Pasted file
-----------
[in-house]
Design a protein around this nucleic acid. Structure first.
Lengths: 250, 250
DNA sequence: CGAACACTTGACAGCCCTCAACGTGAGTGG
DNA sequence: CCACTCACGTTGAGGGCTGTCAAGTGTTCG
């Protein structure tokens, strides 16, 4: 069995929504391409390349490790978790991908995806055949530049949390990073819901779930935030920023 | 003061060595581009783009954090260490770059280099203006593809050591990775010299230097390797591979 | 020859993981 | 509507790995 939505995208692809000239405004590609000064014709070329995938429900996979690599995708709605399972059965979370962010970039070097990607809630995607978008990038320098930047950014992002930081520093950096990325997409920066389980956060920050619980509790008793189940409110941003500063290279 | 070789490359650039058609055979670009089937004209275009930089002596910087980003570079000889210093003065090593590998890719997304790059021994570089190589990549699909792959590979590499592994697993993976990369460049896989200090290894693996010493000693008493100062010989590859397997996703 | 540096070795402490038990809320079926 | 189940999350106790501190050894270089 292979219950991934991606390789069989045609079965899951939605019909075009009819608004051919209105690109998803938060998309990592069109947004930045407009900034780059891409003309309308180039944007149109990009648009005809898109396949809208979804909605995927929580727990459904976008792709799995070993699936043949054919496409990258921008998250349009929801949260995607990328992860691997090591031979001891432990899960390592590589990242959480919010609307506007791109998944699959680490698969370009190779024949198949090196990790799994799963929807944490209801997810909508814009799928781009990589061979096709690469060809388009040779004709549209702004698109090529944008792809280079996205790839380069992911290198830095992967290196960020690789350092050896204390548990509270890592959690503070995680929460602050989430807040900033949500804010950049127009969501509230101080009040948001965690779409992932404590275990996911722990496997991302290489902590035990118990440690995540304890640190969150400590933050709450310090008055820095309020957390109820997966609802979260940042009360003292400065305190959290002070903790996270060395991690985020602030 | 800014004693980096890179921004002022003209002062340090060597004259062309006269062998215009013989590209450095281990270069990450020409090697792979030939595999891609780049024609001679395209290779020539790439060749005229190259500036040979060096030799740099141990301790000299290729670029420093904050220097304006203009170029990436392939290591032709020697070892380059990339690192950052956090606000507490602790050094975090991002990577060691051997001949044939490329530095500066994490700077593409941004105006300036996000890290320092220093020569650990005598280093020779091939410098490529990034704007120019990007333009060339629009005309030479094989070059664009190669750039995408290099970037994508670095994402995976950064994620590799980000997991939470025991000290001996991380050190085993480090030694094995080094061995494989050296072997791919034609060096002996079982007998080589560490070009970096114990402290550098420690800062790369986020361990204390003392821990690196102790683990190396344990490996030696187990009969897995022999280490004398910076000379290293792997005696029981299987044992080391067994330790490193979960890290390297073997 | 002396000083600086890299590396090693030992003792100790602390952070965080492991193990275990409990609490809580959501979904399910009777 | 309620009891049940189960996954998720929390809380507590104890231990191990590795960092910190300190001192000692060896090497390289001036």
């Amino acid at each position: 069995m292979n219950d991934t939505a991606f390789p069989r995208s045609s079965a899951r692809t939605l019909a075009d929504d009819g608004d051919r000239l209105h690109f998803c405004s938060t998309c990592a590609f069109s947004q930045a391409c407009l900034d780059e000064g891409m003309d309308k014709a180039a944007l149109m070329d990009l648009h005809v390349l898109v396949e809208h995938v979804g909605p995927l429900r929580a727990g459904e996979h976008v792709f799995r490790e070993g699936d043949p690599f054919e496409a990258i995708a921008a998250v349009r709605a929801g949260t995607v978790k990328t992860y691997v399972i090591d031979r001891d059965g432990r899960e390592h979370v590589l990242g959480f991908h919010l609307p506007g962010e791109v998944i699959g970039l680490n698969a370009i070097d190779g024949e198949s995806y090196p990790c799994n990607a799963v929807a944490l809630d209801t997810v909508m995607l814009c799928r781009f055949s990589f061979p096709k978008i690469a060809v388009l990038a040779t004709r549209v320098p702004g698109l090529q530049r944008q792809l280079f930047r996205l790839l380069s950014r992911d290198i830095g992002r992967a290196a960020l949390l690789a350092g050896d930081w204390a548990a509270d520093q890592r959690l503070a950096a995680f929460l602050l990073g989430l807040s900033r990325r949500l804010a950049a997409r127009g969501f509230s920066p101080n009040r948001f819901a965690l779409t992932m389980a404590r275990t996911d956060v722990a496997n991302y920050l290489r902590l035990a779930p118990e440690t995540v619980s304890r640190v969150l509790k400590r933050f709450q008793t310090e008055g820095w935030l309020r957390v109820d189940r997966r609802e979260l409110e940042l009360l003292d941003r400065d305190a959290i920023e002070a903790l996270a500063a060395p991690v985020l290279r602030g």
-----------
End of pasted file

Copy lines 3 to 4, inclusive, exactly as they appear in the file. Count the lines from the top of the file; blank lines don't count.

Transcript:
Lengths: 250, 250
DNA sequence: CGAACACTTGACAGCCCTCAACGTGAGTGG